Pope Francis signed the Preface of the book “100 Years: Words and Images,” published by Libreria Editrice Vaticana, for the centenary of Pope John Paul II’s birth (May 18, 1920-April 2, 2005), reported “Vatican News,” on May 5, 2020.
In the Preface, entitled “Gratitude in the Memory of a Holy Witness,” the Pope hopes that this volume will reach “the hands of the greatest number of people, especially of the younger.”
Pope Francis also stresses the “great passion for the human” of John Paul II, this “witness of the Gospel who, as Pope, was “an example of how one can walk happy on the roads of the world, despite the difficulties.”
The 128-page book retraces the Polish Pope’s pontificate through a collection of writings, images, and famous phrases of the period after his election on October 16, 1978, up to his death on April 2, 2005. In addition to Italian, the work is also available in English, in a co-edition published by the American Paulist Press, and in Polish, in a co-edition with Wydawnictwo sw. Stanislawa BM, under the patronage of the Embassy of the Republic of Poland to the Holy See and the Polish Institute of Rome.
In the Preface, Pope Francis wishes to point out especially to readers “how this Pope suffered in his life.” He recalls his personal sufferings “linked to those of his people and of his nation, Poland, “ as well as family dramas, but also his sufferings while being Pope. After the “terrible attack of 1981, he offered his life, shed his blood for the Church and witnesses to us that even in the difficult trial of sickness, shared daily with the God made man, crucified for our salvation, we can remain happy, we can remain ourselves. One can rejoice over the certitude of the encounter with the resurrected Jesus,” writes Pope Francis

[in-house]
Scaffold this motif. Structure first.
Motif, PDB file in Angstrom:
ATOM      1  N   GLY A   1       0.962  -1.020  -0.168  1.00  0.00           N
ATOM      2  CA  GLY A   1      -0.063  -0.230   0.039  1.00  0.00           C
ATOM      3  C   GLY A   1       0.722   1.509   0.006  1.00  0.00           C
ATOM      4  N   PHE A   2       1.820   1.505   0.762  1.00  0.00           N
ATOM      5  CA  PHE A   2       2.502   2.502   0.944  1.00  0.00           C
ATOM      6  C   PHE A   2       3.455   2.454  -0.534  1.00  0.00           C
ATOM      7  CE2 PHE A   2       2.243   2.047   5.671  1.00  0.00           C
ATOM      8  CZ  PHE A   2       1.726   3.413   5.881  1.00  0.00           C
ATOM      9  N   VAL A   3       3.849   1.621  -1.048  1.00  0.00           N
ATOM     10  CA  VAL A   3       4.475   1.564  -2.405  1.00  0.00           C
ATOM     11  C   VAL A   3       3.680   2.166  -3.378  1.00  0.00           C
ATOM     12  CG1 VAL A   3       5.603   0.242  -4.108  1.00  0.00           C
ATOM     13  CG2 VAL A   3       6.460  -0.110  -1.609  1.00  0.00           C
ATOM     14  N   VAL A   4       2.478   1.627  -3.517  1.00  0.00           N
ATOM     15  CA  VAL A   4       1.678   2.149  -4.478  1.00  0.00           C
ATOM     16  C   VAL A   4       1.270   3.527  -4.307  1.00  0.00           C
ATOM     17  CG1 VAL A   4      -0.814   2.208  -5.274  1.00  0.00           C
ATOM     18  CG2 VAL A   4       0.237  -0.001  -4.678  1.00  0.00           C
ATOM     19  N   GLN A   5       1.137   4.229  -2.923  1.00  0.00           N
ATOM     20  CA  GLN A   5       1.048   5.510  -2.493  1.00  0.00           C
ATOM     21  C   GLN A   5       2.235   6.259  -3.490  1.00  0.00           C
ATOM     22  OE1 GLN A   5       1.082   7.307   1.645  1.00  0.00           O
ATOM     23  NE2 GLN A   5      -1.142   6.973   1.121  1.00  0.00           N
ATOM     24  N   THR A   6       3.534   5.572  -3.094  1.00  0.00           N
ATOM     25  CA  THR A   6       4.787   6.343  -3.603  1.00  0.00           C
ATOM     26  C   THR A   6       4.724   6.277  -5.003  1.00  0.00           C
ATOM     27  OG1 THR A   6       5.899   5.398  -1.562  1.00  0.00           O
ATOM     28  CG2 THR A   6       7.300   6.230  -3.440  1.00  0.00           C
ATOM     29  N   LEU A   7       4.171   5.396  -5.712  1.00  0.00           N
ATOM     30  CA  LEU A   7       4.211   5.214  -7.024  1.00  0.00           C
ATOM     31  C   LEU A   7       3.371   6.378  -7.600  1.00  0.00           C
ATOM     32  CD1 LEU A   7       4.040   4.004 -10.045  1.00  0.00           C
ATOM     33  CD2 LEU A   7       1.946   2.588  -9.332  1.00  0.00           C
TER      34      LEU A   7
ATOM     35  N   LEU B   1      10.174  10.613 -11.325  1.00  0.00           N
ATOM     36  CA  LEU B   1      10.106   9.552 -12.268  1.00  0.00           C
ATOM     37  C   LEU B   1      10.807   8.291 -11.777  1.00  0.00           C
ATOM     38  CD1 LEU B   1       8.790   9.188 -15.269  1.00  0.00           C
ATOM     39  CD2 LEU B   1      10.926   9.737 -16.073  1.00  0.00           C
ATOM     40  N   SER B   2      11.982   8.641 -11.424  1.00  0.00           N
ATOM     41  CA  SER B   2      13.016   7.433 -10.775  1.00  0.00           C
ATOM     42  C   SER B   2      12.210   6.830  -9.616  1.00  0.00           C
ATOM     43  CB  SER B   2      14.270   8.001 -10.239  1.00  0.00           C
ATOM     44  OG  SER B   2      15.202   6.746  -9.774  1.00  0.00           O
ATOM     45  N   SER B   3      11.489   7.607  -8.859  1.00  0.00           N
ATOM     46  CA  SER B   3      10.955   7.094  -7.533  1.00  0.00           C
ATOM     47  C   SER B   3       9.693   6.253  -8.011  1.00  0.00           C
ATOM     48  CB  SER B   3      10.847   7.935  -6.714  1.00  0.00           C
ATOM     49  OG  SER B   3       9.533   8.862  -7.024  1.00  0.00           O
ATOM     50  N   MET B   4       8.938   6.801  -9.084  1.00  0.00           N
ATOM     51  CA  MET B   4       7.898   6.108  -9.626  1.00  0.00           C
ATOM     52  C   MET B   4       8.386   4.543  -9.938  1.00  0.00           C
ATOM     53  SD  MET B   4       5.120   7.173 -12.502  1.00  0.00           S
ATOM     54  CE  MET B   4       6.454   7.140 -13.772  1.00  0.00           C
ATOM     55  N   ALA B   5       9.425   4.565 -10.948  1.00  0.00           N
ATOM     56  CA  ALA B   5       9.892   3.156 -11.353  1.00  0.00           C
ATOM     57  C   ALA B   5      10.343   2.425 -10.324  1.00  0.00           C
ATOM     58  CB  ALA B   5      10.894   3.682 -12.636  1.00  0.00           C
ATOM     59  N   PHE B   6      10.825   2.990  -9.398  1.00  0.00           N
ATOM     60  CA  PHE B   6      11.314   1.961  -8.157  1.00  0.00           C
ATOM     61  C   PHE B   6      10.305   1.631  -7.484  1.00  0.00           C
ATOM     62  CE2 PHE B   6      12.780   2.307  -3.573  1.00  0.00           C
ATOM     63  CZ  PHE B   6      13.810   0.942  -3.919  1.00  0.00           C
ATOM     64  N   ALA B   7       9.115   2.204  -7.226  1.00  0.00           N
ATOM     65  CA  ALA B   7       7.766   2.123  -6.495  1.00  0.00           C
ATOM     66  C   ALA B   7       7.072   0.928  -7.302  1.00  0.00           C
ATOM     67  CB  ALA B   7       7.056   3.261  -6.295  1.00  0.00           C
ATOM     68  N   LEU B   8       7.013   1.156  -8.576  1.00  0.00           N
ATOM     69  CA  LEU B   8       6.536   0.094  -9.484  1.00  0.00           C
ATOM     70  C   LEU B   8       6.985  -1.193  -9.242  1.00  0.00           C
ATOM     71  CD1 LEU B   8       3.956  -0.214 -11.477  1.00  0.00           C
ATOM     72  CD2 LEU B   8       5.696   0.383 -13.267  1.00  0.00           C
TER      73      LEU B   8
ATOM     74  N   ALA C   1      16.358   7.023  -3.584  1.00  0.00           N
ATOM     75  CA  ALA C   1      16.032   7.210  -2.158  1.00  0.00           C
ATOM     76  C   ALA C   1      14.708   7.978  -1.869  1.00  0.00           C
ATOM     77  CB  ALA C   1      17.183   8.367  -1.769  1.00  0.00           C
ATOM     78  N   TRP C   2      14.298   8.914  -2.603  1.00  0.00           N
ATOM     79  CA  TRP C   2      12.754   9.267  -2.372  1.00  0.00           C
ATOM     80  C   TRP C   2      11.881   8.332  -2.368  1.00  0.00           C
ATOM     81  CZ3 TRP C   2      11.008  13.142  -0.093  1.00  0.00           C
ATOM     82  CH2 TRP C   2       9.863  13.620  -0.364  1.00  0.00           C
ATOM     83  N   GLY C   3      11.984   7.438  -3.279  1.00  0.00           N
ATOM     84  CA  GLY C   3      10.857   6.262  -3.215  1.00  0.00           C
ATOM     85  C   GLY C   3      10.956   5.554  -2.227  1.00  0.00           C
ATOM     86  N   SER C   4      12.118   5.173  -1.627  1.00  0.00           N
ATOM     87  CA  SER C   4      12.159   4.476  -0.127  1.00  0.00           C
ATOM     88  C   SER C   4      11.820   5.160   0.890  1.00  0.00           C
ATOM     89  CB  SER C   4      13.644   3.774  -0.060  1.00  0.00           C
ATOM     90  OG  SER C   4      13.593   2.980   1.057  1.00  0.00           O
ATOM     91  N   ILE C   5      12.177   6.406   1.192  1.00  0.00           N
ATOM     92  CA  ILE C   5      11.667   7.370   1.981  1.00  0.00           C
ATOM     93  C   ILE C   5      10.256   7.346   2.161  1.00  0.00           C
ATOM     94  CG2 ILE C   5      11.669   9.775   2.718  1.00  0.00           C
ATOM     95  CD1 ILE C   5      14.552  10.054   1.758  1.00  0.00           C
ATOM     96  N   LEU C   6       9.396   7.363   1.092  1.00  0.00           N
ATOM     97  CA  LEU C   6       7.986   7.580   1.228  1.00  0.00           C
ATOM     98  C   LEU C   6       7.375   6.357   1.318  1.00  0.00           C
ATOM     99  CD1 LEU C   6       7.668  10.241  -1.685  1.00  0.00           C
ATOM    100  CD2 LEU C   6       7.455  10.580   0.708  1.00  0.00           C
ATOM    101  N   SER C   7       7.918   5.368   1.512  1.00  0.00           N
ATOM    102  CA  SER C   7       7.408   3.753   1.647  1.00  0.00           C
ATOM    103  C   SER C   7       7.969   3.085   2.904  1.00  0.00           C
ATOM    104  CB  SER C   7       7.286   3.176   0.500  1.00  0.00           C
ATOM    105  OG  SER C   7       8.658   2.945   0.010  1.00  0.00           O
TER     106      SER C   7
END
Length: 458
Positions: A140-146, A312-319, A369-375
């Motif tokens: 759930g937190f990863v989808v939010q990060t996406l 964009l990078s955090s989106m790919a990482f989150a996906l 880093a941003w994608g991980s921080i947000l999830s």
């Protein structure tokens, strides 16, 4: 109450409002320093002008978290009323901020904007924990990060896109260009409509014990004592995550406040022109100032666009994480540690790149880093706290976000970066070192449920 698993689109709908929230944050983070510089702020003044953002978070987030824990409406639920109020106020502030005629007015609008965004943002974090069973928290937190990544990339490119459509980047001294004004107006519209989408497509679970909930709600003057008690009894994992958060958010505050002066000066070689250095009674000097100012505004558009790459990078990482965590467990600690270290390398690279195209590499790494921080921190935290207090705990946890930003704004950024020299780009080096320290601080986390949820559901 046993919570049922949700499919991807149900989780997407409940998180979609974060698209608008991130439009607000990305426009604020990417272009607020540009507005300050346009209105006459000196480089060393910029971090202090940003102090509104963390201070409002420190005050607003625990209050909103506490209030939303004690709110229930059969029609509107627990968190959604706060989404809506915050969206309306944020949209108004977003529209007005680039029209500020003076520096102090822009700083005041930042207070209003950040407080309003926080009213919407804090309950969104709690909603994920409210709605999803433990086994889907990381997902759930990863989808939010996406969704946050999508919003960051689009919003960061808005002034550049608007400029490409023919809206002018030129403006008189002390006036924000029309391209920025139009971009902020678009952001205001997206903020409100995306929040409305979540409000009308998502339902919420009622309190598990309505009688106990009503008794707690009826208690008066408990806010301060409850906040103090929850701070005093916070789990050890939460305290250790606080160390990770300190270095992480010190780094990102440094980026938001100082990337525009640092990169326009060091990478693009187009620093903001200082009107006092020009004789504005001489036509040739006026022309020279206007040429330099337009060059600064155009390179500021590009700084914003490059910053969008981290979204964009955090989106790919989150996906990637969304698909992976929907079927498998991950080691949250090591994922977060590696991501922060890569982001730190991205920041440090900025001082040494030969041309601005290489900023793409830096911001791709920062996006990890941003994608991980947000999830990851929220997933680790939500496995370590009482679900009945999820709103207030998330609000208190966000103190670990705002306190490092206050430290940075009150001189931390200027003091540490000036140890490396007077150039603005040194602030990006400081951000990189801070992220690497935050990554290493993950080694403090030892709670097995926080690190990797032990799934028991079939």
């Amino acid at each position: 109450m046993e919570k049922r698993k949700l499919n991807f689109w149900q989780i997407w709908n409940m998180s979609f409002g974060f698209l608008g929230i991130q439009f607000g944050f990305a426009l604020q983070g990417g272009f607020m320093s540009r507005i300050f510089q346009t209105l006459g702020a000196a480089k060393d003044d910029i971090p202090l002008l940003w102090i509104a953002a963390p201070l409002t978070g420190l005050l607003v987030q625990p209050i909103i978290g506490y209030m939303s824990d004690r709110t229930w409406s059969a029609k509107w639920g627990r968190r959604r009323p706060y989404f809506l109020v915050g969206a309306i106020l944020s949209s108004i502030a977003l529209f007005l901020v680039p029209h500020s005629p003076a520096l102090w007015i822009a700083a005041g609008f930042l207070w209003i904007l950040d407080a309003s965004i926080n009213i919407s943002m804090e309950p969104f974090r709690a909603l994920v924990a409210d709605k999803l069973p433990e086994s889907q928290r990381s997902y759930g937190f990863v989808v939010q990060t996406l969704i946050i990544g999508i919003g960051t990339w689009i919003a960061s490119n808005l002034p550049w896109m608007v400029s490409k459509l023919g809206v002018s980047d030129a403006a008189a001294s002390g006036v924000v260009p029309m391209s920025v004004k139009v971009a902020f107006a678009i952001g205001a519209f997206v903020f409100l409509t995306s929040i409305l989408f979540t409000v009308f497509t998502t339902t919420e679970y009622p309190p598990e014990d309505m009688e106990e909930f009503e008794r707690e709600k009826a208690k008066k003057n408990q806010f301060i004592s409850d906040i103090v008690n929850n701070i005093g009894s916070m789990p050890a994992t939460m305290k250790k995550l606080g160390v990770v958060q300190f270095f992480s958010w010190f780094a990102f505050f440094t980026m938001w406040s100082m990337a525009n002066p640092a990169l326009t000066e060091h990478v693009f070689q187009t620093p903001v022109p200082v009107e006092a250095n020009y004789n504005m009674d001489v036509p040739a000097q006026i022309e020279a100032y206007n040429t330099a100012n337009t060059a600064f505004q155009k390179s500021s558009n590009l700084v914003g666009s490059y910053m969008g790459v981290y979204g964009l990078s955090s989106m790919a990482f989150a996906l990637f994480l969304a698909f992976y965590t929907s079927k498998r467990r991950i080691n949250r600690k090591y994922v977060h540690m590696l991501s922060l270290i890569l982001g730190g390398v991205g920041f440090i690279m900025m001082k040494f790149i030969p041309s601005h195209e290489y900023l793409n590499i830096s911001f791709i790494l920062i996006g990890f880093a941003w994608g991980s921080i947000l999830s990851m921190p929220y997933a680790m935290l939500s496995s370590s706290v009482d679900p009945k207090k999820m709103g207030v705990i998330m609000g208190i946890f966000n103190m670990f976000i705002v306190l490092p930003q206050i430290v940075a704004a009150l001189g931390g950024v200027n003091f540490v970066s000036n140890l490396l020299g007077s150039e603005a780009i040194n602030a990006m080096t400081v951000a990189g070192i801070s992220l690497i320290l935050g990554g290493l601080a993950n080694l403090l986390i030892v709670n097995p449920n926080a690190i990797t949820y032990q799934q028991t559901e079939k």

Pope John Paul II taught us to walk “with joy on the roads of the world, despite the difficulties, following the traces of the giants that have preceded us in the certitude that we are not, and will never be, alone,” adds Pope Francis.
Saint John Paul II was “a great witness of God’s mercy,” and it’s lovely “to remember him in a simple way,” fifteen years after his death <and> one hundred after his birth, concludes Pope Francis.